Research showing that risk for schizophrenia, bipolar disorder with psychosis, and other psychosis-spectrum diagnoses in adulthood is multidetermined has underscored the necessity of studying the additive and interactive factors in childhood that precede and predict future disorders. In this study, risk for the development of psychosis-spectrum disorders was examined in a 2-generation, 30-year prospective longitudinal study of 3,905 urban families against a sociocultural backdrop of changing economic and social conditions. Peer nominations of aggression, withdrawal, and likeability and national census information on neighborhood-level socioeconomic disadvantage in childhood, as well as changes in neighborhood socioeconomic conditions over the lifespan, were examined as predictors of diagnoses of schizophrenia, bipolar disorder, and other psychosis-spectrum disorders in adulthood relative to developing only nonpsychotic disorders or no psychiatric disorders. Individuals who were both highly aggressive and highly withdrawn were at greater risk for other psychosis-spectrum diagnoses when they experienced greater neighborhood disadvantage in childhood or worsening neighborhood conditions over maturation. Males who were highly aggressive but low on withdrawal were at greater risk for schizophrenia diagnoses. Childhood neighborhood disadvantage predicted both schizophrenia and bipolar diagnoses, regardless of childhood social behavior. Results provided strong support for multiple-domain models of psychopathology, and suggest that universal preventive interventions and social policies aimed at improving neighborhood conditions may be particularly important for decreasing the prevalence of psychosis-spectrum diagnoses in the future.
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http://dx.doi.org/10.1017/S095457941900021XDOI Listing
May 2020

Persistence of Effects of VLBW/PT Birth Status and Maternal Emotional Availability (EA) on Child EA Trajectories.

Front Psychol 2018 29;9:2715. Epub 2019 Jan 29.

Centre for Research in Human Development, Department of Psychology, Concordia University, Montréal, QC, Canada.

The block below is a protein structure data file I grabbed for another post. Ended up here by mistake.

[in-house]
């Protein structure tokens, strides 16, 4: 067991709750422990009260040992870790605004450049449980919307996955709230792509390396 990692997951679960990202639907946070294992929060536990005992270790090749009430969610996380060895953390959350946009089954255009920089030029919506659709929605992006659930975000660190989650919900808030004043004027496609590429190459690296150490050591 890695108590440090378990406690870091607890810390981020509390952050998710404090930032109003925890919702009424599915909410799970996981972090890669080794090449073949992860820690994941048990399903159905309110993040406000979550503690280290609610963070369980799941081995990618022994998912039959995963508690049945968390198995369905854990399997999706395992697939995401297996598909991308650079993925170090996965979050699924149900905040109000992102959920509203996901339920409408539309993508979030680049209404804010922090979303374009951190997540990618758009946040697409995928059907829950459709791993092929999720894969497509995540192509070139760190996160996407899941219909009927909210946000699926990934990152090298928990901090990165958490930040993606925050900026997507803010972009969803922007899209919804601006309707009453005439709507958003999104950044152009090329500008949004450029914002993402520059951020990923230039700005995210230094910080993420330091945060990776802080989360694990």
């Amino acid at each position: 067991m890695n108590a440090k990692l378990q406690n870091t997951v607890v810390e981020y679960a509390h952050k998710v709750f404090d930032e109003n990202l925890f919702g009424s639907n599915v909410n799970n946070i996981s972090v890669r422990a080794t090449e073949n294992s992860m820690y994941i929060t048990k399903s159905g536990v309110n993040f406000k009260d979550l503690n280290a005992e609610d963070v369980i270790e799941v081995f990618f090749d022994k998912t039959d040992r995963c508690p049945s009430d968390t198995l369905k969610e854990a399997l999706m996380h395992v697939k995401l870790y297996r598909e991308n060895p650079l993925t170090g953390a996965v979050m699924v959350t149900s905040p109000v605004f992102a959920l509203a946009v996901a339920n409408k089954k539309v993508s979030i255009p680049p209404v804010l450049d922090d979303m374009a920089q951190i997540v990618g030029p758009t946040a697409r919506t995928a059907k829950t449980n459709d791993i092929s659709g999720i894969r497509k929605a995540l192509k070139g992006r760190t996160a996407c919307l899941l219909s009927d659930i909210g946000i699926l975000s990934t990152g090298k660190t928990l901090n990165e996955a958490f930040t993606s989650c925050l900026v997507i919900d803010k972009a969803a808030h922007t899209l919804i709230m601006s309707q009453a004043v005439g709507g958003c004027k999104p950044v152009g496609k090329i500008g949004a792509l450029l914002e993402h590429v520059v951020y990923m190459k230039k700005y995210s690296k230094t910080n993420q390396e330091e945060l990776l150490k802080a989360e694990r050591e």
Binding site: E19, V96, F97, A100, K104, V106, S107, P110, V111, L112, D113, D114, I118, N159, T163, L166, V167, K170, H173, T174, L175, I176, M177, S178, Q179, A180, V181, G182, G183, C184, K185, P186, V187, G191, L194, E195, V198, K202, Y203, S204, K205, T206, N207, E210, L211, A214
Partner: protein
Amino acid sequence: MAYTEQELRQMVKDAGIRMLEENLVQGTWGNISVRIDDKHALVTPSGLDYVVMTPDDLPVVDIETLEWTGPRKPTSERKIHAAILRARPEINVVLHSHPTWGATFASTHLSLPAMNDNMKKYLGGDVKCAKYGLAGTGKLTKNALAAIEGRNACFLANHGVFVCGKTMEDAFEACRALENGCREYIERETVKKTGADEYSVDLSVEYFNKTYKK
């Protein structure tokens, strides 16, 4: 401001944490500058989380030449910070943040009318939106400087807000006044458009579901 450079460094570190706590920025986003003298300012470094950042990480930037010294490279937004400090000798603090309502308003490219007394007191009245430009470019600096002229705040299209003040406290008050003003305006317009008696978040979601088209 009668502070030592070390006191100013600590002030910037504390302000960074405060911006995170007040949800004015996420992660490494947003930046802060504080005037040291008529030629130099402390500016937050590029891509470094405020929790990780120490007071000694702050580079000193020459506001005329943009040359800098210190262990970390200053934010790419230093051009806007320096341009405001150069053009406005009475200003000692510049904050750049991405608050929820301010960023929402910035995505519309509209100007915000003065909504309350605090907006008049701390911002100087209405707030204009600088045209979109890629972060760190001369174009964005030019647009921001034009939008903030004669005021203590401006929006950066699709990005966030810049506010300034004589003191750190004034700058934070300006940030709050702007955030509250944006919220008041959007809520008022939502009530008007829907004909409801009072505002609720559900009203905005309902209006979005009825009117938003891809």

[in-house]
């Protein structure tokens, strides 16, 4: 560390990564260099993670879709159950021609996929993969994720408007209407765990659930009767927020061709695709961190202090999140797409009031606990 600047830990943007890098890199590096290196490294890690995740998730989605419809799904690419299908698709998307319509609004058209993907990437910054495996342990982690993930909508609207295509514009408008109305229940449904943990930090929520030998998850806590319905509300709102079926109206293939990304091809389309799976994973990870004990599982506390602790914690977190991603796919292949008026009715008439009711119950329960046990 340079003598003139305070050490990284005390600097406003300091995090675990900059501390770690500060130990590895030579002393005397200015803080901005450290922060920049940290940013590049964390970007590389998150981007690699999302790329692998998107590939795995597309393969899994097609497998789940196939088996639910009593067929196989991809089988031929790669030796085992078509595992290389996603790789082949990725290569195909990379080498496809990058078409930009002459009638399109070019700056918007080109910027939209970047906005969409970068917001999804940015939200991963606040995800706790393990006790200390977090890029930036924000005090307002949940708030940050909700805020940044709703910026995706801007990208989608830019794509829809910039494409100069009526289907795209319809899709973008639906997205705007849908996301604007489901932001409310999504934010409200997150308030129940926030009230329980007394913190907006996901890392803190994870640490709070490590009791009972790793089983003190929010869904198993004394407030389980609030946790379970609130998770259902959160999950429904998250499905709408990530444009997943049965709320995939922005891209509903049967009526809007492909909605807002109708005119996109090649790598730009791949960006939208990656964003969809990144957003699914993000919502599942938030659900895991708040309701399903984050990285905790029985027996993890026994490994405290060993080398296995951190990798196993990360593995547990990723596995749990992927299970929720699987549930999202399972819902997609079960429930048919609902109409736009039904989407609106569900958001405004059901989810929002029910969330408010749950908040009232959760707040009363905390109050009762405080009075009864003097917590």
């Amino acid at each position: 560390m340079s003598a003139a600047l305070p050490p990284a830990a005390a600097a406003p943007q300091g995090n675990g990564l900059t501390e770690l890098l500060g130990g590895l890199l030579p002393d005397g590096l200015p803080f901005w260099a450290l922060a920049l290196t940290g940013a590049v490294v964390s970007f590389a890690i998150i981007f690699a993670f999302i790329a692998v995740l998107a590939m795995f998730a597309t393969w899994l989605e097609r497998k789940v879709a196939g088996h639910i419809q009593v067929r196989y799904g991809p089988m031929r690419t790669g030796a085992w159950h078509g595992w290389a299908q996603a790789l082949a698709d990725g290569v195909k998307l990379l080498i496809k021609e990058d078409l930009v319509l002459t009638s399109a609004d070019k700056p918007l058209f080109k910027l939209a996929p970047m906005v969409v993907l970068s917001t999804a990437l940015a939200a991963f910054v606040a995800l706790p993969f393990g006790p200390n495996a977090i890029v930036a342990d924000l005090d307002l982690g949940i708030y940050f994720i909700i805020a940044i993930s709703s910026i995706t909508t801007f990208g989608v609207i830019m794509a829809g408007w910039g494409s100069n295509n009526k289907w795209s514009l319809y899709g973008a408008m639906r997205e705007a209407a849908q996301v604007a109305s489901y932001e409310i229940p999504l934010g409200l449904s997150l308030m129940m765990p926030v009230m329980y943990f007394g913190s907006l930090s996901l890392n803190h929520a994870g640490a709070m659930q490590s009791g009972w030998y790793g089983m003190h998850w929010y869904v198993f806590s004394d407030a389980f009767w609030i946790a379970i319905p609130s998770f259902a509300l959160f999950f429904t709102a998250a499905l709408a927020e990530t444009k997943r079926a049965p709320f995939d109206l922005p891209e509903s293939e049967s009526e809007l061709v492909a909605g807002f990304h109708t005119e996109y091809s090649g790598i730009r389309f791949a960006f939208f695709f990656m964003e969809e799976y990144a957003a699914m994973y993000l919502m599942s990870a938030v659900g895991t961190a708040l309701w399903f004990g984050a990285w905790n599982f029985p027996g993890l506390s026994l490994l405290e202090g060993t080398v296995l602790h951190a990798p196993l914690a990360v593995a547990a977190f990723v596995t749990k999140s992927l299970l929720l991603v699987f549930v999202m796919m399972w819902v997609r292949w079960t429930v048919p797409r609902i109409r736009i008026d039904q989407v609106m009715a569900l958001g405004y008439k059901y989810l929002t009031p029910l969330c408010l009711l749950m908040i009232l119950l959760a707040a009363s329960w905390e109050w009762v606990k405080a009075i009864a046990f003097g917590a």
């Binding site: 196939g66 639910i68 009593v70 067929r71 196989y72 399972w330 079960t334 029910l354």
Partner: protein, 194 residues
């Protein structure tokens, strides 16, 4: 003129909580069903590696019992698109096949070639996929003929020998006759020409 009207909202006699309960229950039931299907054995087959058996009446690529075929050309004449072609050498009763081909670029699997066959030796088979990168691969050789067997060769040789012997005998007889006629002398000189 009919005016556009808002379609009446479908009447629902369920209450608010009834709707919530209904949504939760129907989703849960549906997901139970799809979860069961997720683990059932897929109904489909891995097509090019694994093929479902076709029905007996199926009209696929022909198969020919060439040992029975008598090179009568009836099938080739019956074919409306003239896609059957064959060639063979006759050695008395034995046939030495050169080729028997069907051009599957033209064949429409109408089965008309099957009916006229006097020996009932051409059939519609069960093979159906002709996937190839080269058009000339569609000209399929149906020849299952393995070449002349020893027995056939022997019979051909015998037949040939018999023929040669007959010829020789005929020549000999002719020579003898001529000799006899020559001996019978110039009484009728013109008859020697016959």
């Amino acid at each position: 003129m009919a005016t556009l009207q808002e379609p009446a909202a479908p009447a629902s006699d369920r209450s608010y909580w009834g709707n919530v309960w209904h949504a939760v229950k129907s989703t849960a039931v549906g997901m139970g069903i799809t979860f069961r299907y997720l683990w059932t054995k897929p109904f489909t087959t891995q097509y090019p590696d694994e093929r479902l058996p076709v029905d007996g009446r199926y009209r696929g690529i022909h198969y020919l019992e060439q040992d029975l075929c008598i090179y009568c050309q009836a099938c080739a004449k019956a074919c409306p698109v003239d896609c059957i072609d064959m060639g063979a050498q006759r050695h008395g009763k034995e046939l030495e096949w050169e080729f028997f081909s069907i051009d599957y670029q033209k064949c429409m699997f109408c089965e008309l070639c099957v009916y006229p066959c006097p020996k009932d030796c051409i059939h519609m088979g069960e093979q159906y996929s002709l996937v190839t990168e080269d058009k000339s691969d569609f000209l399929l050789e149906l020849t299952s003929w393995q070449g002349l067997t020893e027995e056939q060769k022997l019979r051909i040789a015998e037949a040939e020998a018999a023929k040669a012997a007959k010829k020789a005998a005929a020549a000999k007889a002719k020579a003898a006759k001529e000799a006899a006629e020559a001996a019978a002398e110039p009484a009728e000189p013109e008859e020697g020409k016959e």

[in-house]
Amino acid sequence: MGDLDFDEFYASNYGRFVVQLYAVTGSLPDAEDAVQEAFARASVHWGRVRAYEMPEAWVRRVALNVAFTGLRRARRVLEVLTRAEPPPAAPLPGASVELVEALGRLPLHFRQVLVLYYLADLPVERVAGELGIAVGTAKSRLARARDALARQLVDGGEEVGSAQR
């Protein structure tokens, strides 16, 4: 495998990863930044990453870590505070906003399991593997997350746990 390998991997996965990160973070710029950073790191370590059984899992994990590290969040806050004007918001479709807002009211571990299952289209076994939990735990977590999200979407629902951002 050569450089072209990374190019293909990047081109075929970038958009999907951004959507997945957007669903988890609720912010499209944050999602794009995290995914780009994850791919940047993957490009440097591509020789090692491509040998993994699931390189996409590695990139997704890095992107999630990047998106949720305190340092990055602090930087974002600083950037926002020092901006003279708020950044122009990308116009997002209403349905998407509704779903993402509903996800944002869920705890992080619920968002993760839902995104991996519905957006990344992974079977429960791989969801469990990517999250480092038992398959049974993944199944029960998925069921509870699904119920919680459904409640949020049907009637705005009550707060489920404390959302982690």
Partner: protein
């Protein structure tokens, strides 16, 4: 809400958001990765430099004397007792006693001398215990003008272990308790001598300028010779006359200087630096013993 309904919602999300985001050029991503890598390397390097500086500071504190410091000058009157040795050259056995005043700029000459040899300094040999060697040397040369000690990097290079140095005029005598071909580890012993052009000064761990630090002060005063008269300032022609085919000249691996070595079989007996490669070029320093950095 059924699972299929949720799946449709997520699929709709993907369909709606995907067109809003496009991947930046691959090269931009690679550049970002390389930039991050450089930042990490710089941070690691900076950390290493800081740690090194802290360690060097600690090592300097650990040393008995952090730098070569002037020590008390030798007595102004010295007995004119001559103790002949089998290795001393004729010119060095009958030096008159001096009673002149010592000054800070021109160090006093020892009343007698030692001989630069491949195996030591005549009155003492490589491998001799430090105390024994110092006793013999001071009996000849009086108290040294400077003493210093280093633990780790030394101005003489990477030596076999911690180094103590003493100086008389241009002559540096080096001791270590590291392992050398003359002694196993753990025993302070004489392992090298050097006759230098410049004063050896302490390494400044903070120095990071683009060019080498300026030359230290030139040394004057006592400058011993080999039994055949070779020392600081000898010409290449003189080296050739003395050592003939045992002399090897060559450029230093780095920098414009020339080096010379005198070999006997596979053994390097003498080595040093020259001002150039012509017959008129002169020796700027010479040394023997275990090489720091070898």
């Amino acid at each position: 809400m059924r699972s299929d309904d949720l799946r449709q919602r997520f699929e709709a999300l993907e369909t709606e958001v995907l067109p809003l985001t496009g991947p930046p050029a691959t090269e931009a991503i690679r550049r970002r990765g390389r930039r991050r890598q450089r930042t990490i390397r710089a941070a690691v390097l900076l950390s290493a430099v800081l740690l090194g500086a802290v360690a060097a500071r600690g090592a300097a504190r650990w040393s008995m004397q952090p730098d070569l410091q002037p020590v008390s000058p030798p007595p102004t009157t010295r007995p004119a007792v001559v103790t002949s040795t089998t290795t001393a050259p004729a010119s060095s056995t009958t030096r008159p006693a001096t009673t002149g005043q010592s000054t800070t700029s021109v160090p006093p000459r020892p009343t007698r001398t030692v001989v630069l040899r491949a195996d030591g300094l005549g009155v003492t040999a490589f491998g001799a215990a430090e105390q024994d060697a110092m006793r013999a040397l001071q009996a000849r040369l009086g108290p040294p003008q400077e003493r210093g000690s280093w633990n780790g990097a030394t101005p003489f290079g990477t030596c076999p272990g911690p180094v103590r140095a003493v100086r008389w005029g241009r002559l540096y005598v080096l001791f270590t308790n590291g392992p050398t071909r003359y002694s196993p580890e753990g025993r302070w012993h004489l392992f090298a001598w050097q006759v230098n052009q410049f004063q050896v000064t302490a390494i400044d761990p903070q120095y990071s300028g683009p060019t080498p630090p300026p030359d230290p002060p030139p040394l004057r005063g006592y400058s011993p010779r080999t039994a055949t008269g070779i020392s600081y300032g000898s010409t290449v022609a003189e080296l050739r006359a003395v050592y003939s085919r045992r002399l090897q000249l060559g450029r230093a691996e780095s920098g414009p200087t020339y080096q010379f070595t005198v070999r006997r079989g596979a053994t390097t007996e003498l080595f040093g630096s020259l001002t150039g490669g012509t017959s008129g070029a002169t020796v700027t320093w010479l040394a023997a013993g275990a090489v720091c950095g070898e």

Few studies have examined the longitudinal impact of birth status on the infant-mother relationship and on children's socio-emotional development. In the present study we investigated developmental patterns of such relationships [using the Emotional Availability (EA) Scales] in fullterm and VLBW/PT infants from infancy to emerging school age. Our objectives were to: (a) model the developmental trajectories of EA dimensions (maternal sensitivity, structuring, non-hostility; child responsiveness, involvement) in a VLBW/PT and fullterm sample, (b) identify potential effects of VLBW/PT status on these trajectories, and (c) determine whether the effects of VLBW/PT status on children's socio-emotional development (child EA) remained after accounting for the effect of maternal EA. Child-mother dyads ( = 109) were observed in home-based interactions (face-to-face and free play) when children were 6, 12, 18, and 57-months-old in fullterm (37-41 weeks, >2500 g; = 48) and healthy VLBW/PT (26-32 weeks gestation, birth weight 800-1500 g, corrected for gestational age; = 61) children. Developmental trajectories of maternal and child EA were assessed using multilevel growth modeling in Mplus. Results indicated that, even after controlling for maternal EA, there was a persistent negative effect of VLBW/PT birth status on child EA trajectories. Both initially and over time, VLBW/PT infants lagged behind their fullterm counterparts on levels of responsiveness and involvement with mothers. There was also a persistent positive effect of maternal EA (sensitivity and structuring) on child EA trajectories. Higher average levels of maternal sensitivity and structuring across time were also associated with higher and persistent levels of child responsiveness and involvement of their mothers. Importantly, results held after modeling both effects together, and after controlling for maternal education and child gender. Our results have implications for VLBW/PT children's development, the parent-child relationship, and integrating family level factors and relationship dimensions in early prevention and intervention programs.